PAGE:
'Agree With Everything - Deny Nothing - Embellish All

Sunday, January 21, 2007

Cumbrians Abroad –and the collarless shirt

In recent years, for some reason, I have taken to wearing a collarless shirt – the grand-dad/Nehru shirt that was popular back in the 60s. I have noticed that the collarless shirt is now very popular with men of a certain age (mine) and of the Cumbrian persuasion. On the recent trip to the Western Cape, travelling from the airport we stopped at Thandi for some breakfast. It's one of those places sort of not far enough from Capetown and too near our house for us to usually stop, but, breakfast on the flight had been non-existent and I/we needed scrambled eggs, beans and fried tomatoes. Thandi is a Black Empowerment Project (BEP) with a Fair Trade vineyard and we'd seen and bought the Thandi brand from the Co-op in Aspatria. We'd often passed it but have only ever stopped there once. We had been impressed with the look of the place and the attention to detail and service and thought that it was worth a second visit. Breakfast was good and the staff attentive and happy. We have seen a few of the BE projects over the years and they tend to be badly organized, untidy and unhappy. I was also strangely interested in the pronunciation of the word 'butter' by the waitress. I commented to Ren-Woman (t'wife) that I thought she may be just mimicking my Cumbrian accent.

As I was doing that finger licking thing I do with the baked beans juice the white guy appeared. There's usually a white person or two involved in these projects – volunteers and advisors and not necessarily a good thing. In this case it was a good thing. The white guy was the eccentric and affable Alan Clowes. What was initially eccentric was the fact that he was wearing exactly the same collarless shirt as me. 'Where did you get the shirt?' I sez. 'Marks & Spencer – Carlisle – where did you get yours? ' he sez. 'Marks & Spencer – Carlisle' I sez. Bizarre!!

The turnout is that Mr. Clowes is a Cumbrian from Kendal and has been at Thandi working as a volunteer with Christine (his long suffering wife) for 2 years. They are there as a result of Friends of Thandi - based in Kendal. The Clowes bring donated bikes, guitars, banjos, plant and equipment and the Kendal Rugby Teams last years strip to Thandi and keep an eye on business and devote what seems to be endless energy to the well-being of the community. Alan has also had a bash at teaching English to the Thandi partners. Hence the 'butter' pronunciation and the cry from the kitchens of 'pass me them uniuns marra'.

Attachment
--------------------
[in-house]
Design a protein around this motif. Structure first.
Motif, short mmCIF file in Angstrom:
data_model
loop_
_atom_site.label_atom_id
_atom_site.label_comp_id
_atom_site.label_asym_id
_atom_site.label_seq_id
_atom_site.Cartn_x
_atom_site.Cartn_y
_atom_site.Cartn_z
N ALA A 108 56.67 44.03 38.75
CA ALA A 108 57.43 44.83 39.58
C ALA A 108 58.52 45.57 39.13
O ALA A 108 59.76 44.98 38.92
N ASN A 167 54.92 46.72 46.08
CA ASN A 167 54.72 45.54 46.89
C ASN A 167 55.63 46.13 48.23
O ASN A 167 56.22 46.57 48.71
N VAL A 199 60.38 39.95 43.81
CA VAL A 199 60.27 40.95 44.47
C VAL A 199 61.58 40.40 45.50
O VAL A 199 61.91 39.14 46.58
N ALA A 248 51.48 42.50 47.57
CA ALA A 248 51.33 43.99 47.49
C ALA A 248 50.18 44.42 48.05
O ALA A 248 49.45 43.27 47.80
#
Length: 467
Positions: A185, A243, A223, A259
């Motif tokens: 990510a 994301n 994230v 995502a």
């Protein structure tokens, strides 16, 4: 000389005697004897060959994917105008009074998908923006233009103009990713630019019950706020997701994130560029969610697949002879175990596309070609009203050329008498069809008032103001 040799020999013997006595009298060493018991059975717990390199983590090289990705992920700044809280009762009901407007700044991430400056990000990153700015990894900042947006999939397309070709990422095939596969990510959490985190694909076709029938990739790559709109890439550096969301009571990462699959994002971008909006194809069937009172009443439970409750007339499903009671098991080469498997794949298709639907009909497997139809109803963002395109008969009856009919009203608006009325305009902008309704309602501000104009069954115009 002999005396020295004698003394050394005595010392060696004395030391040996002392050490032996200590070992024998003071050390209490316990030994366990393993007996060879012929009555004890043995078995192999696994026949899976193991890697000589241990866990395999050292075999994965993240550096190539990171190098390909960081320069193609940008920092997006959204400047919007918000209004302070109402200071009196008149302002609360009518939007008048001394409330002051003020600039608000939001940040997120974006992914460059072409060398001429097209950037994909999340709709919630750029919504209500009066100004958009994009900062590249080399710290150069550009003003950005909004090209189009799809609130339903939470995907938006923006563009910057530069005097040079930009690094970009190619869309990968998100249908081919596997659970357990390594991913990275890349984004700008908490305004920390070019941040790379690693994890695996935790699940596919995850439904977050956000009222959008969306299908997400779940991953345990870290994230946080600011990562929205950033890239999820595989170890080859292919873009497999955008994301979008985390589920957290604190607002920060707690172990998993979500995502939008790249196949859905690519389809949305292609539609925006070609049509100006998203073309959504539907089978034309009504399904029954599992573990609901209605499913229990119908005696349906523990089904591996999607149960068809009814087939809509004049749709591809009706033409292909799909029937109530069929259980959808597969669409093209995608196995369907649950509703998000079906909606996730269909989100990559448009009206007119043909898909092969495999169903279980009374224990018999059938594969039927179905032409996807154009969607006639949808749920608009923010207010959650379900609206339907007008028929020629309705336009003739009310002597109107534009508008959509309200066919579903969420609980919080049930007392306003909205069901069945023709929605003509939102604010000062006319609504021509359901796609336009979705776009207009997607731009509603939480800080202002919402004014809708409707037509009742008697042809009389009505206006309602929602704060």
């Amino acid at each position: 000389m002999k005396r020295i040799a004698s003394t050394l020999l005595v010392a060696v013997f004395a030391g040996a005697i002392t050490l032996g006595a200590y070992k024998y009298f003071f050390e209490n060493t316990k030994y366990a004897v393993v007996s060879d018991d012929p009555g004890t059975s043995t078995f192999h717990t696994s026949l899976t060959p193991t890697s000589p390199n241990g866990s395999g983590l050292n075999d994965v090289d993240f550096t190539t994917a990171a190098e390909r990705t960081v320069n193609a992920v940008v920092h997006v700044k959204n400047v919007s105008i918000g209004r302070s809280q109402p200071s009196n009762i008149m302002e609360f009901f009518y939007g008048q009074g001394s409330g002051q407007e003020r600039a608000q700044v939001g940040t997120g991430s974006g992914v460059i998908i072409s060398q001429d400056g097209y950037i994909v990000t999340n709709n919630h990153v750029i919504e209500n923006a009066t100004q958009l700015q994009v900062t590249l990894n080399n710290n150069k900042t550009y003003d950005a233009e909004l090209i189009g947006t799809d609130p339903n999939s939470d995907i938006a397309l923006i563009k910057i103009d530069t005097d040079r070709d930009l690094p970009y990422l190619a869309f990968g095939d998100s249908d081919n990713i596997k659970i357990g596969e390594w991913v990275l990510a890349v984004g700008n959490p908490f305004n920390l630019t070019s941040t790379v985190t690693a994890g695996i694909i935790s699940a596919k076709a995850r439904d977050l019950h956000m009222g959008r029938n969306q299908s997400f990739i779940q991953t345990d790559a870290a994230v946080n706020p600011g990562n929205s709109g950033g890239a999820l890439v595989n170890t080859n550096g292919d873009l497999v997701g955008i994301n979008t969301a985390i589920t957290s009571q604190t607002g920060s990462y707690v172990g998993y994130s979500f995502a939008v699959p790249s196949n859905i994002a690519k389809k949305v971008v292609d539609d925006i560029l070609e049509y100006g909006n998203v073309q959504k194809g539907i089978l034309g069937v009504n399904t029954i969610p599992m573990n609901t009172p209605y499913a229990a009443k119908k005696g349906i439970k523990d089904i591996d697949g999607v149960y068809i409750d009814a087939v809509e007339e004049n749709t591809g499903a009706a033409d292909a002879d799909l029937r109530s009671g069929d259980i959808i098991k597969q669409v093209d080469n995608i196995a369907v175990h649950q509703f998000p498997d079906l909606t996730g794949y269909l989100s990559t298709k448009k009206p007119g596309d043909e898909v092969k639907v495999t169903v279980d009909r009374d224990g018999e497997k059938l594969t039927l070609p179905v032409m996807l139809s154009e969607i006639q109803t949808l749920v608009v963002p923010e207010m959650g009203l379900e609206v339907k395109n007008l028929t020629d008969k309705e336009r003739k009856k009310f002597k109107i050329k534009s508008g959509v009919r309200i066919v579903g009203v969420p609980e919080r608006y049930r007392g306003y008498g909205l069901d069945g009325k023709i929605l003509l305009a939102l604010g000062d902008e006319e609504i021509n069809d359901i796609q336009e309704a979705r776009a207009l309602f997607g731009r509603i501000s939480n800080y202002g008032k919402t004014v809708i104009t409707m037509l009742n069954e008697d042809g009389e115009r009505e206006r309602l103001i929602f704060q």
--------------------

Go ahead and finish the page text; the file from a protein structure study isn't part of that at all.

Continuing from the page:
Alan is currently looking for people to: teach plant & equipment care and maintenance; teach playing the banjo; teach English as foreign language; supervise a daytrip for 70 kids and parents to the seaside; donate some money; set up a Saturday farmers and craft market; and on and on …..

We've been back twice during the recent stay: once with the A-B and family. A-B (a Cumbrian of a certain age wearing a collarless shirt) may find himself volunteered for some blacksmithing teaching; the second time was for Sunday lunch (roast beef, Yorkshire pudding..) with the Scouse African and the Angel. Scouse African may find himself volunteered for something but has only succumbed to the collarless shirt once in recent weeks.

Buy the Wine. Visit the Web Sites. Get Involved. Volunteer for Something.

  1. To create more permanent jobs.
  2. To train older workers
  3. To train young people
  4. To plant more orchards
  5. To plant more vines
  6. To open a laundry
  7. To open a mechanical workshop
  8. To open a Computer training centre
  9. To enable the community to support itself
  10. To enable Thandi to support other projects

Contact Thandi



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